The academic community lost one of its most distinguished historians when John Hope Franklin died of congestive heart failure in a Durham, N.C. hospital.
He was 94.
Franklin was awarded an honorary doctorate of humane letters at the College of William and Mary’s Feb. 7 Charter Day celebration.
The award was given in absentia as Franklin no longer traveled due to his health.
By honoring Franklin, the College recognized a distinguished career that spanned over sixty years of historical writing and research.
After graduating from Fisk University and gaining a doctorate from Harvard University, Franklin taught at some of the world’s most prestigious universities.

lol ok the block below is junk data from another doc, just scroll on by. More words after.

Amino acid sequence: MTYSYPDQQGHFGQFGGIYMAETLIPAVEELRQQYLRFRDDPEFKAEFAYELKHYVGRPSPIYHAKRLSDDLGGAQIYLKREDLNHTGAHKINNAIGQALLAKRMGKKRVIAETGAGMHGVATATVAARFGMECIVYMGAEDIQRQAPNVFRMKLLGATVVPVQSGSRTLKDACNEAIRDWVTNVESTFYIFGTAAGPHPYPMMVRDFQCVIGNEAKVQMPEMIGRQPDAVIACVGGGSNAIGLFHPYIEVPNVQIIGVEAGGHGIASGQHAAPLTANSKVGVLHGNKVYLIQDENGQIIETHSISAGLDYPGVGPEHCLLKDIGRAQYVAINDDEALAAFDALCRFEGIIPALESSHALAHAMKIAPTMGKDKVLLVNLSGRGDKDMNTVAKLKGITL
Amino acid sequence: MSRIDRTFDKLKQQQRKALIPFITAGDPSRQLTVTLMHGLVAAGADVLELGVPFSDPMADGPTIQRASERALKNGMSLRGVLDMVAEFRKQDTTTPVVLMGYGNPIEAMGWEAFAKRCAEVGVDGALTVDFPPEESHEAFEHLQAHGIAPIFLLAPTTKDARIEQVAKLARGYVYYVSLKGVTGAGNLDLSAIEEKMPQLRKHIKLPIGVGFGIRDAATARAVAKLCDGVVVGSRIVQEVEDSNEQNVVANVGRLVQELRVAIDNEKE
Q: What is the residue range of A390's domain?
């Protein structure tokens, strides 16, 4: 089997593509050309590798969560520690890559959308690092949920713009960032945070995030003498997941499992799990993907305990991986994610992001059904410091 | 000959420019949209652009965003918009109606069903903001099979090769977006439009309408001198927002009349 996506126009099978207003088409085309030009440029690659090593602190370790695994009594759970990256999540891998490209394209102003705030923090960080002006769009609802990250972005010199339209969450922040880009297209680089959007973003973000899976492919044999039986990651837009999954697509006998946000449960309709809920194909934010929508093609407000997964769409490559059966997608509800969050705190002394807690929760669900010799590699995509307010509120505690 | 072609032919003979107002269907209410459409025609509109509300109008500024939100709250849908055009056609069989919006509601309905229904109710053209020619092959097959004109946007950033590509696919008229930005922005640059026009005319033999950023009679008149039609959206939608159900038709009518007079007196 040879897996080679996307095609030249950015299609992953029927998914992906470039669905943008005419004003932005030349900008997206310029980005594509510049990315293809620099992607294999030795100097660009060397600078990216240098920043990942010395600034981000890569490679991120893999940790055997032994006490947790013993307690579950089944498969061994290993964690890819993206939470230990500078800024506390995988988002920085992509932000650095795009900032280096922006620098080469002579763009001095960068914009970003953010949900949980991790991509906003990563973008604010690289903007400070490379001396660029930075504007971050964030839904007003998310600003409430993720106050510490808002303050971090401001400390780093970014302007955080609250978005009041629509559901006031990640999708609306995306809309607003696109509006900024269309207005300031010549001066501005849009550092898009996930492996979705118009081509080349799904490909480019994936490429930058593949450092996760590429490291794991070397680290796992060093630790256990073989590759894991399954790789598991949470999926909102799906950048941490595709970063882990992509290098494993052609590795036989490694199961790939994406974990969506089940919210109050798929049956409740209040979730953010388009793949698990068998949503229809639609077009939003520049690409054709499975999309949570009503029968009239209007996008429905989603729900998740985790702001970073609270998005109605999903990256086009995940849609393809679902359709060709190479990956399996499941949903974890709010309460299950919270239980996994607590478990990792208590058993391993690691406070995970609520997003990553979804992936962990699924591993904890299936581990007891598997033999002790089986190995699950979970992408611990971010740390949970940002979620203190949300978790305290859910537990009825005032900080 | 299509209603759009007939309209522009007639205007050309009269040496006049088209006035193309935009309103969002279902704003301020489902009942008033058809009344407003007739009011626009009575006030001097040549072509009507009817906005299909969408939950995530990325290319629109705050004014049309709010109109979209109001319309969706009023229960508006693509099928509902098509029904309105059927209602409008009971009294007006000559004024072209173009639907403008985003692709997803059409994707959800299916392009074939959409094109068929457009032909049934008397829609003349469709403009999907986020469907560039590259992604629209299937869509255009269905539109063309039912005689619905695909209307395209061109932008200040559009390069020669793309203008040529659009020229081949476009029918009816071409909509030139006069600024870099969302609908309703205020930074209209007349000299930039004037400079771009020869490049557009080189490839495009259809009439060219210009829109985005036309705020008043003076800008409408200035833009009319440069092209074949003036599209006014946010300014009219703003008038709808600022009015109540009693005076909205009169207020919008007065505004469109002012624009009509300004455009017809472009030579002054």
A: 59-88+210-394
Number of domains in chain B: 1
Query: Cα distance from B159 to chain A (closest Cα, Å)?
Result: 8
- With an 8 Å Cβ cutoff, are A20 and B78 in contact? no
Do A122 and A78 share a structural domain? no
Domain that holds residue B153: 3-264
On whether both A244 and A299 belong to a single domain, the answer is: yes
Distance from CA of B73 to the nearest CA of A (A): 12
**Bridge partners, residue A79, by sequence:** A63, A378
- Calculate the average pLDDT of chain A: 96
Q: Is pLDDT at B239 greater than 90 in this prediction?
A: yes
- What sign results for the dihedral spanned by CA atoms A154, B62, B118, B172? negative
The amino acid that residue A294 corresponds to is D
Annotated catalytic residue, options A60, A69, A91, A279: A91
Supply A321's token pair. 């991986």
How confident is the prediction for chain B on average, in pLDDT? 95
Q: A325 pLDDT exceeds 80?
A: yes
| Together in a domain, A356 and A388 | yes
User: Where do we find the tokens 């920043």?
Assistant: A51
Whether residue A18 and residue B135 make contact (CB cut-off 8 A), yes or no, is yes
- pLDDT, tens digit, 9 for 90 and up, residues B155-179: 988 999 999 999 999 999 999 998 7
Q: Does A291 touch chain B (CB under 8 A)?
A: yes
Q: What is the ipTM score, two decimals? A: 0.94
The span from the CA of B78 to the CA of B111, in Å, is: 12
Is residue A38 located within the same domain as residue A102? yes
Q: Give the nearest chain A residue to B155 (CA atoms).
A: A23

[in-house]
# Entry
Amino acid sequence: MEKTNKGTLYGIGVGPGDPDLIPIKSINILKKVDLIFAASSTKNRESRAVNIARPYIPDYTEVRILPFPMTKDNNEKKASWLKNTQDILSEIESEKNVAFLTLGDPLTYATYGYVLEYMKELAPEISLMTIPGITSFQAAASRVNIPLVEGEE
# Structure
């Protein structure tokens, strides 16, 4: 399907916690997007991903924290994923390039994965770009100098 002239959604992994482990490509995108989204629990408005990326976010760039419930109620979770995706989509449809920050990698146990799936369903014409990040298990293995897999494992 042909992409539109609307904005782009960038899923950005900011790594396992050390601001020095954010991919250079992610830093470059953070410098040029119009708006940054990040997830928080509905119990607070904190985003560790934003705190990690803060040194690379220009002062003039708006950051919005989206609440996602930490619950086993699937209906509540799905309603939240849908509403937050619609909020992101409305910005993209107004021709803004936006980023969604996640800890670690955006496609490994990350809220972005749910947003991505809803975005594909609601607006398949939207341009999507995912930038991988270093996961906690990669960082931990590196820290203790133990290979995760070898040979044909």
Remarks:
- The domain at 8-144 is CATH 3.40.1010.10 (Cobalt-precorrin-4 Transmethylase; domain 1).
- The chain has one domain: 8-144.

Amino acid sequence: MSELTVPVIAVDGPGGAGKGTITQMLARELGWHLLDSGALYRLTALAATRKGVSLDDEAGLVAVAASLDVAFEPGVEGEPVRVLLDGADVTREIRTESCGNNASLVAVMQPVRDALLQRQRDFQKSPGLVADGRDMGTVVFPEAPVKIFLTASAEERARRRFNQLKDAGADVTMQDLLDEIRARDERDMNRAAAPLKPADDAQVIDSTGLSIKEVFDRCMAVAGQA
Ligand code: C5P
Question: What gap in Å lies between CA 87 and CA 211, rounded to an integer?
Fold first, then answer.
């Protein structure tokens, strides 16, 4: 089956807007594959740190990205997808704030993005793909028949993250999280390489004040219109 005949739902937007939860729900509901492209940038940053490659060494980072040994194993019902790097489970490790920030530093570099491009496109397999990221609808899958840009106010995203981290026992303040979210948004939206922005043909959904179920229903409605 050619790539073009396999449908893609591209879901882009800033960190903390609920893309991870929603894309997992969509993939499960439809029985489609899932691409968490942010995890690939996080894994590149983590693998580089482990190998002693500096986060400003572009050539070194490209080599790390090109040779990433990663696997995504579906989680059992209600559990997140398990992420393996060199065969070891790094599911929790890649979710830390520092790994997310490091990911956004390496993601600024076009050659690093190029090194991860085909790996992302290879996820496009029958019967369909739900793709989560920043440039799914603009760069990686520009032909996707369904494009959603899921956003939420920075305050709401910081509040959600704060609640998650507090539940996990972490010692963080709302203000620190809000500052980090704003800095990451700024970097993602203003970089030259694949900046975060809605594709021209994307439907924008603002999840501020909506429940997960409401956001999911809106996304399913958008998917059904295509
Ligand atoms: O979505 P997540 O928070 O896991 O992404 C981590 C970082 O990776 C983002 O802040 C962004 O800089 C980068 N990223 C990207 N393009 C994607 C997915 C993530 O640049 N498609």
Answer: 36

Franklin was also active in politics.
He often testified before Congress and served on numerous presidential commissions on race.
Many of his writings are required reading at colleges around the country.
The notoriety Franklin gained through his historical work made possible the successes of many future African-American scholars including Henry Louis Gates Jr., , and legitimized the academic field of black studies at American universities.
“A lot of us called John Hope ‘the Prince,’” Gates said to the New York Times. “He had such a regal bearing. We’re all the children of John Hope.”